Connect to the call center
Call center experiences are random by nature—callers get the agent who is available when their turn comes. The basis for success at a call center is answering the phone quickly, accessing taxpayers’ records quickly and actually, answering their questions. It isn’t as simple as it sounds.
First, the agency needs to ensure enough staff is available—both with adequate training and access to the systems they need to retrieve the taxpayers’ data quickly. They also must be able to verify a caller’s identity. This is the same challenge, in many ways, as the brick and mortar visit, except magnified across millions of calls. As a result, the best way to enhance personalization is augmenting the agency’s infrastructure such that disparate data is more quickly and comprehensively accessible by agency staff in the midst of a call.
Open the online chat
Online chat personalization issues are almost identical to those of a call center—except now, you’re essentially texting back and forth rather than talking. But all the same challenges apply.
Load the self-service website
Finally, we come to the self-service digital experience, which is not always helpful. While your tax administrator’s website probably offers the answers to many common questions, those answers are not always easy to find or to understand. Leery of legal entanglements that might arise from translating regulations into plain language, agencies sometimes just use the language of the regulations—which doesn’t help taxpayers who are not skilled at interpreting legalese.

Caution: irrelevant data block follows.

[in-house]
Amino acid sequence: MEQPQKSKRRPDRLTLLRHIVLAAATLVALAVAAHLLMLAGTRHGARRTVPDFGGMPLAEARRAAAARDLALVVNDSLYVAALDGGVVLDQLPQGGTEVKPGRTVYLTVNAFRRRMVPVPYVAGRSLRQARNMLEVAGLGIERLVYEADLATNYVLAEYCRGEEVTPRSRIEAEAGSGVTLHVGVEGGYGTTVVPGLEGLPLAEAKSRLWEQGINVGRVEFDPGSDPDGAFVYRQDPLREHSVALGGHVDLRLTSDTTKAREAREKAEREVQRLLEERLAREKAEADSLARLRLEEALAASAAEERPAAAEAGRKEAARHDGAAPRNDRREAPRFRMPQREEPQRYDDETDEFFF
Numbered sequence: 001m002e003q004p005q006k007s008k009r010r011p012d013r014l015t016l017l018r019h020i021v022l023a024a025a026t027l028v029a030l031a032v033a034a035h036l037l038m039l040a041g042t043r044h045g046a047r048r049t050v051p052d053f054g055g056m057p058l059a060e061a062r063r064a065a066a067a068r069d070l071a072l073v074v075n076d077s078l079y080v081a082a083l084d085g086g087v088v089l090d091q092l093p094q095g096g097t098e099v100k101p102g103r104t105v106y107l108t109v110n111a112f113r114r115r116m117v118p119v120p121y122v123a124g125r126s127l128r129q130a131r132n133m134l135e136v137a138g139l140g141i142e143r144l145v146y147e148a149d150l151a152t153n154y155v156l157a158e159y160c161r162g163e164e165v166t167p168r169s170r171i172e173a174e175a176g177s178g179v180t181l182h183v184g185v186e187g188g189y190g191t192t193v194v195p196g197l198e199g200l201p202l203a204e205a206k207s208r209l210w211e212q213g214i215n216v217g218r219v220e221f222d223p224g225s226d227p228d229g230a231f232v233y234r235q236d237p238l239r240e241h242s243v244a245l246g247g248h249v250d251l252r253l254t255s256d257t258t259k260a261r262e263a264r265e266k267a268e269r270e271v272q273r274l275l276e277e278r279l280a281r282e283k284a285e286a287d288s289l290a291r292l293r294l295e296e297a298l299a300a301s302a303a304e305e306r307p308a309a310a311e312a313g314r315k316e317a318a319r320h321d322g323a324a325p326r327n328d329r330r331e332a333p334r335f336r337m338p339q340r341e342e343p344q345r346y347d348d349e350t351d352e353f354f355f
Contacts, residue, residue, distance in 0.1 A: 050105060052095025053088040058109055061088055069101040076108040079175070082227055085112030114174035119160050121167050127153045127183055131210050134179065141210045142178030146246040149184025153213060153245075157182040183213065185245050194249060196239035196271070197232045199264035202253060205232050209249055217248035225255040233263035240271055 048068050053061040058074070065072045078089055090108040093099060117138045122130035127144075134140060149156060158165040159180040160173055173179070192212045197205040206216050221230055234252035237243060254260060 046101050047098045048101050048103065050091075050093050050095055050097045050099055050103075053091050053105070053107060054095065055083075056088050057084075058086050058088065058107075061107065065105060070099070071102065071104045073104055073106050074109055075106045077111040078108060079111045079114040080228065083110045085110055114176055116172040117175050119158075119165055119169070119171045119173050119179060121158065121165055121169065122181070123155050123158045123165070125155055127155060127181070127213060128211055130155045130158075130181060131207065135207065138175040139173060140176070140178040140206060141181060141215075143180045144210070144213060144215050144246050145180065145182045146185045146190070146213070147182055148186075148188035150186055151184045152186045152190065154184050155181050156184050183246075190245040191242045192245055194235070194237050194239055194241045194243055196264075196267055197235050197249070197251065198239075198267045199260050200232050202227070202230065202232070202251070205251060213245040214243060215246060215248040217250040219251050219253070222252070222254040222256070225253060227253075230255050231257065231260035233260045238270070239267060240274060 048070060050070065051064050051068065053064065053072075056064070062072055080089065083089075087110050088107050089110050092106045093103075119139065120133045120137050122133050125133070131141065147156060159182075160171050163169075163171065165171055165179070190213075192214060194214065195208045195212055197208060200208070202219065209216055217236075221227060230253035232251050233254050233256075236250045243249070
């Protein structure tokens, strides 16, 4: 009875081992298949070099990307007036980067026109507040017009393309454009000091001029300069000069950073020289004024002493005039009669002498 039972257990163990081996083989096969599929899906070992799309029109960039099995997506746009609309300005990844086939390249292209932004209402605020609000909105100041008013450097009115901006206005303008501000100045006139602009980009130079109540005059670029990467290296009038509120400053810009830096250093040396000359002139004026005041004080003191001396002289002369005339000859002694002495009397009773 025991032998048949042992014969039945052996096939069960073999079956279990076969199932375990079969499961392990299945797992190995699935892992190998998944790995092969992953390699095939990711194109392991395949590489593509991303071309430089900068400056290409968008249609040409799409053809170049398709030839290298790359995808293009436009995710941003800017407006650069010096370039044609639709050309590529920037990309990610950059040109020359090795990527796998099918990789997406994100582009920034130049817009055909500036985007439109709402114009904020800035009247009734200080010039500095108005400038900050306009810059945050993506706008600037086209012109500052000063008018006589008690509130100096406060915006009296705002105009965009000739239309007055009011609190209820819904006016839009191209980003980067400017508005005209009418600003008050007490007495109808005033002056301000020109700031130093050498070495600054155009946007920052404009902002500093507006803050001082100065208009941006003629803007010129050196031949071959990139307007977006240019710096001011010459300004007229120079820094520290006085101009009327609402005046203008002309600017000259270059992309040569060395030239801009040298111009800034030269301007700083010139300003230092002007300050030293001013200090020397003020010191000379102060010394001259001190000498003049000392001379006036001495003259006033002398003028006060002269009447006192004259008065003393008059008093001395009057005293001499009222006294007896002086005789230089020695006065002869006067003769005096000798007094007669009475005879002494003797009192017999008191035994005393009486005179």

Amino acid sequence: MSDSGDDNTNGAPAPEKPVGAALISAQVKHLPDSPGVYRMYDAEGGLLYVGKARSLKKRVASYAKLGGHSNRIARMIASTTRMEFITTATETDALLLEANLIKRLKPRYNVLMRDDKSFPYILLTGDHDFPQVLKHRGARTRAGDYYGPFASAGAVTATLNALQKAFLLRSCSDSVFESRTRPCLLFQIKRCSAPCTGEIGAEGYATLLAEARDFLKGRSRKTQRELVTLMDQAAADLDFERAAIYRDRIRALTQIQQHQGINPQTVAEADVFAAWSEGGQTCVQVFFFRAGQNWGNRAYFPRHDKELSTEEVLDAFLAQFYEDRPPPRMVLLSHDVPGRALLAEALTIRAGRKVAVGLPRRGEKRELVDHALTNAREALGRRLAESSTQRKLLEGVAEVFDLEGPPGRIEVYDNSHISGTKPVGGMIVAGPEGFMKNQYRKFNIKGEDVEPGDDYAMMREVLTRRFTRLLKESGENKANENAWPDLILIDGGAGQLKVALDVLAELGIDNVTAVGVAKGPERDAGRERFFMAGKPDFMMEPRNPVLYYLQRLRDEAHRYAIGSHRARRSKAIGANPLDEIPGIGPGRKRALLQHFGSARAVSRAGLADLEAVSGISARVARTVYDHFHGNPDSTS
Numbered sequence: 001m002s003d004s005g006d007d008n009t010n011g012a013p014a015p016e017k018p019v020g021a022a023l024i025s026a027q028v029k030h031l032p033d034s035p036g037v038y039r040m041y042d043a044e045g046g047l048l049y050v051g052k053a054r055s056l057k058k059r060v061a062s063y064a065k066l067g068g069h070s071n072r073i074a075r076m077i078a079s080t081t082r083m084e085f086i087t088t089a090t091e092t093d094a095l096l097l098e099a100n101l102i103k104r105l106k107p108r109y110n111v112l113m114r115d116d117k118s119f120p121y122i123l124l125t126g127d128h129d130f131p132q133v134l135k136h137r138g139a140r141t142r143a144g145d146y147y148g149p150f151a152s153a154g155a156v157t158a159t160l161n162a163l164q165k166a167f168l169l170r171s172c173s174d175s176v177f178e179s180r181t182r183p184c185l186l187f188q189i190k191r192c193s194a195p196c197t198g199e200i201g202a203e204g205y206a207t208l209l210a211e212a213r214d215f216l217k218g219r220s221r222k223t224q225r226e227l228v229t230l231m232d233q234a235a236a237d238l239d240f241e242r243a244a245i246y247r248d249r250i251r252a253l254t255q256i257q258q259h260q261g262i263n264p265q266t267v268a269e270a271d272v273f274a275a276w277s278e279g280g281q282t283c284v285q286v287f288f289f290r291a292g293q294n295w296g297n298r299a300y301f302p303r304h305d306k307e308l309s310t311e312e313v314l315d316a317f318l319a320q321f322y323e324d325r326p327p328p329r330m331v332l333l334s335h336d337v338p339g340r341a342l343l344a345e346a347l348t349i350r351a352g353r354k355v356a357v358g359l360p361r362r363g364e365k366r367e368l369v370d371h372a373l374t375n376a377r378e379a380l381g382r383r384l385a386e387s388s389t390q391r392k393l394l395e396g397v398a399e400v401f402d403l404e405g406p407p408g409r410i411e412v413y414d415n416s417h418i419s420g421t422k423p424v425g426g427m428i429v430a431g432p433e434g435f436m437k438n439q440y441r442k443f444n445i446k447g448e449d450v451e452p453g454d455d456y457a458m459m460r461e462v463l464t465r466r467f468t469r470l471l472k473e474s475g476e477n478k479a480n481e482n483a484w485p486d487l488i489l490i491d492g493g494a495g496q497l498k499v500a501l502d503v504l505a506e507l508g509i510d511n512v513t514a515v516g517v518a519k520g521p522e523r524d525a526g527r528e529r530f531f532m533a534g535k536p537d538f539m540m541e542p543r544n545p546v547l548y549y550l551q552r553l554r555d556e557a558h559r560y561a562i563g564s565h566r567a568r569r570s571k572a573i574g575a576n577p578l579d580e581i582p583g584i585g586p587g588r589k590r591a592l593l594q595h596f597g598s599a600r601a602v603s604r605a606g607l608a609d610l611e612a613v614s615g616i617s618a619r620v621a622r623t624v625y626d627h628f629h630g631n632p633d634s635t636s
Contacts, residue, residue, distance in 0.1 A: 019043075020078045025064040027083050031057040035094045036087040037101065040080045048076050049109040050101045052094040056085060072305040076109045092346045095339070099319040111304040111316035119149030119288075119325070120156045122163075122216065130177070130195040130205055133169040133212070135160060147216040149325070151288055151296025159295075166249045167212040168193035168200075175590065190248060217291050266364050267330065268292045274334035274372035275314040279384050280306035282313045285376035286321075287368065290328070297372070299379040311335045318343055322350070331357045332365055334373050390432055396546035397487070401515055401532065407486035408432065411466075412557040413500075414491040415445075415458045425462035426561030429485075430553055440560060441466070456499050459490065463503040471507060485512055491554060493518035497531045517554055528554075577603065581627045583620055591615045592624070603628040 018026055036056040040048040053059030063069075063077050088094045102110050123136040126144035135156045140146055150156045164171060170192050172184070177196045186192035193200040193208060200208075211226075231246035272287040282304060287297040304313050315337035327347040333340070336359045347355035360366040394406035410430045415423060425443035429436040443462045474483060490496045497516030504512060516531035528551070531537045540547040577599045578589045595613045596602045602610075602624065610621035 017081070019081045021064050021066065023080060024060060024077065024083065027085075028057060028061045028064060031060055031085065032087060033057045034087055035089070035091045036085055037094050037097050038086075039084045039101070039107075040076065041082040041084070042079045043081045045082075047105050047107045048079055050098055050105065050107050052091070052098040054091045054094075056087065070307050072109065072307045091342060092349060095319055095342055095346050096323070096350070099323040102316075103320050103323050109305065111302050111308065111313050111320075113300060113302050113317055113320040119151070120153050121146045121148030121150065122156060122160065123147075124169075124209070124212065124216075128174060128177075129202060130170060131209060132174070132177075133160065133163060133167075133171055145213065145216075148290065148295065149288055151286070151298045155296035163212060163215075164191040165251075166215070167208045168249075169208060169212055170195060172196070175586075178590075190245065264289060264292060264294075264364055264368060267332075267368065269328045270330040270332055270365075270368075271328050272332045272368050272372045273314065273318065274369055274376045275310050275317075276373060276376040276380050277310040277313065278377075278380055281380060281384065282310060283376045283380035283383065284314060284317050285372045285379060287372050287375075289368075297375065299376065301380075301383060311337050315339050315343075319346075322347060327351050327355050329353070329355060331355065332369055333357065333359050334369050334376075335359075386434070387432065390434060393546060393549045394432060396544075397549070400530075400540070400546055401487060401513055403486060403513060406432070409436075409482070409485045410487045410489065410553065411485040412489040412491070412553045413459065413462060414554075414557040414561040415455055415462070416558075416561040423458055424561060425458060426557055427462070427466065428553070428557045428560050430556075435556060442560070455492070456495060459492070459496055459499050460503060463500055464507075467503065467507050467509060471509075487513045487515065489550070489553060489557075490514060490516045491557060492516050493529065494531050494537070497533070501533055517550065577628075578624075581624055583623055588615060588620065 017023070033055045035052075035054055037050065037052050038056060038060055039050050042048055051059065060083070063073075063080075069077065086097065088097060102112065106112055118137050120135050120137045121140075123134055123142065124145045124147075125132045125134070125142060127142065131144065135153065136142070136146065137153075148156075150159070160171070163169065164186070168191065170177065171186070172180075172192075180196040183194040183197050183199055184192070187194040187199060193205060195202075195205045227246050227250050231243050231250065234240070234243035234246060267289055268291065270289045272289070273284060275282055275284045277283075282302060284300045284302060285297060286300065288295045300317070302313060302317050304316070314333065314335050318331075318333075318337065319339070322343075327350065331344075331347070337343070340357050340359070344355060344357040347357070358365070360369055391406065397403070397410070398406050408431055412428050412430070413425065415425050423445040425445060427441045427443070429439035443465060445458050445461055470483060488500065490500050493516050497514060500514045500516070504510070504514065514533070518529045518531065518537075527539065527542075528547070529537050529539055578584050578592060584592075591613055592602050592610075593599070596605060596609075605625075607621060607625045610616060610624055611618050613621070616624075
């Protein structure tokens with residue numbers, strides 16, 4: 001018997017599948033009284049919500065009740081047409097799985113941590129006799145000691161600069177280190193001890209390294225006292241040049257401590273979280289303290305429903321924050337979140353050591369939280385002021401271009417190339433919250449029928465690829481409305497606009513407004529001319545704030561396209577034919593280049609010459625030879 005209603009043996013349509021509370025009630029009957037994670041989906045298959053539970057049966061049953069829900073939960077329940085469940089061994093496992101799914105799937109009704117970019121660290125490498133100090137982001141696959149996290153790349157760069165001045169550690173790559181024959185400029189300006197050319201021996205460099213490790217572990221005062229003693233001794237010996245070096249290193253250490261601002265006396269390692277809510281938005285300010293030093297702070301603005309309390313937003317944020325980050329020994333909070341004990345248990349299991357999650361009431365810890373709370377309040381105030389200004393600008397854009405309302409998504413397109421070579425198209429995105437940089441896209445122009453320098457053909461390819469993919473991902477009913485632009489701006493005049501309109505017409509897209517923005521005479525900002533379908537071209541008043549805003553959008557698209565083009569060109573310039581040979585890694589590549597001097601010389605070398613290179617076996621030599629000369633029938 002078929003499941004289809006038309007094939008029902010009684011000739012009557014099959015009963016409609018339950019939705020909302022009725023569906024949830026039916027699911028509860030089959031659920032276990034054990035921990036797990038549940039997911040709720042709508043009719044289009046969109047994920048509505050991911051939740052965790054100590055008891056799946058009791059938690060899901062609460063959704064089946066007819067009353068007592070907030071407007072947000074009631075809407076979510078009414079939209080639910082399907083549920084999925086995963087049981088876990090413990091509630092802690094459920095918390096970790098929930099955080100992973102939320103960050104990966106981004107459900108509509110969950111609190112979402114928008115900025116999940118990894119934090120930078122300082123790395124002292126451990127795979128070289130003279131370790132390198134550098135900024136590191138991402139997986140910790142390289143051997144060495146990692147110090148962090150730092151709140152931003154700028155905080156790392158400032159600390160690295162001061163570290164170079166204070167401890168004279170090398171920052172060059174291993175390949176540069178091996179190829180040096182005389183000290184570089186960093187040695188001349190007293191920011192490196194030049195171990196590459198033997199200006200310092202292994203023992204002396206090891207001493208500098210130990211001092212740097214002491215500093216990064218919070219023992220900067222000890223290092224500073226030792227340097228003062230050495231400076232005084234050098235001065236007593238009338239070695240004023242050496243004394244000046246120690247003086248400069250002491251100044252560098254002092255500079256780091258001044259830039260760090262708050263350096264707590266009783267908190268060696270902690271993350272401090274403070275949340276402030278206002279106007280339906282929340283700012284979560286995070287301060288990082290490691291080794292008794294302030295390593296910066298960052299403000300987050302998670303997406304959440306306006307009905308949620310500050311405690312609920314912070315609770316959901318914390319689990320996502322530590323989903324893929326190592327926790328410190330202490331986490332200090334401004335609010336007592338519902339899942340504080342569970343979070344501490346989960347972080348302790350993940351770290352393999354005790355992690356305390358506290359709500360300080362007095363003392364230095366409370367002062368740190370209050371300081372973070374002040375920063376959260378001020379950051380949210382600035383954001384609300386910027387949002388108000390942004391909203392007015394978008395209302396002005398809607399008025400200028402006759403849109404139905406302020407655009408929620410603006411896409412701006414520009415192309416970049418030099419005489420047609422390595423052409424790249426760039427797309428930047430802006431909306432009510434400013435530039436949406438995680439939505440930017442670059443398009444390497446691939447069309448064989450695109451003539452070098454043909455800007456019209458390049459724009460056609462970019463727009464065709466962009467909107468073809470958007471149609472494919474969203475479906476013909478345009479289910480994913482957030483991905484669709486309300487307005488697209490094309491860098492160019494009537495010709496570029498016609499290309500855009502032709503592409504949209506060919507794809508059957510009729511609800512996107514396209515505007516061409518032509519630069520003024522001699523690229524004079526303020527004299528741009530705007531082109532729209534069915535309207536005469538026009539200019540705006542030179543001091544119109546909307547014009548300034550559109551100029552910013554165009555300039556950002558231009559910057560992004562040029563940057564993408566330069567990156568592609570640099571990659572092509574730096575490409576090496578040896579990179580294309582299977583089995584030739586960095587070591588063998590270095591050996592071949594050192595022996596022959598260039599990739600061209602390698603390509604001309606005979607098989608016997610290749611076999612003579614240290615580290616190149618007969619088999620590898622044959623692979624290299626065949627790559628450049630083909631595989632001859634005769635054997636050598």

Taxpayers may be disappointed to discover that the functionality available is not going to rival what they might see when using online banking. What the agency has available is likely housed across multiple systems and databases. Trying to marry this up into a presentable form in a matter of seconds is a herculean feat. Many taxpayers may ultimately have to resort to a phone call or a visit to a local office. So what to do? Well, all tax administrators understand the big picture solution. Fundamentally, they have to upgrade the databases that store taxpayer data, modernize the tax processing systems using this data, put in place a CRM/ECM that can be accessed in real time and enable the best possible experience in each channel.
The ultimate dream: A multi-channel experience
And the ultimate dream? For you and me, and for the tax administrator, that would be you and I moving our conversations from one channel to another with context.
In other words, if I’m online and can’t do what I need to do, I could use the system to transfer me to a call center representative, who would already know what I was trying to do so I wouldn’t have to start all over… Nirvana! Of course, this is only achievable with the right funding, talent and time to deliver it. But, again, given the strategic plan recently released by the IRS (the IRS Inflation Reduction Act Strategic Operating Plan), I’m optimistic for the future.